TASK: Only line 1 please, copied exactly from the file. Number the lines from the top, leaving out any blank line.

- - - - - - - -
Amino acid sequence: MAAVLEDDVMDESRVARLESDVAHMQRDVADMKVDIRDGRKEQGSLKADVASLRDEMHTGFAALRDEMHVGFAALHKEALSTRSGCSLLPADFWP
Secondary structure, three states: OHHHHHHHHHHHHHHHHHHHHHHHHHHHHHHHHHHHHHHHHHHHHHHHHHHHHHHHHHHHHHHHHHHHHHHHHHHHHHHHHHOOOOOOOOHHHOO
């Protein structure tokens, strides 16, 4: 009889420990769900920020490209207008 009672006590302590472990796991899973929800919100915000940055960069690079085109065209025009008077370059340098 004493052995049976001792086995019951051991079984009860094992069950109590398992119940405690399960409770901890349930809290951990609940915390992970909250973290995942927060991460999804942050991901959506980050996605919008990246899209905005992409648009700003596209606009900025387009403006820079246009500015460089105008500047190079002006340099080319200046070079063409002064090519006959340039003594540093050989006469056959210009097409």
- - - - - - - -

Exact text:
Amino acid sequence: MAAVLEDDVMDESRVARLESDVAHMQRDVADMKVDIRDGRKEQGSLKADVASLRDEMHTGFAALRDEMHVGFAALHKEALSTRSGCSLLPADFWP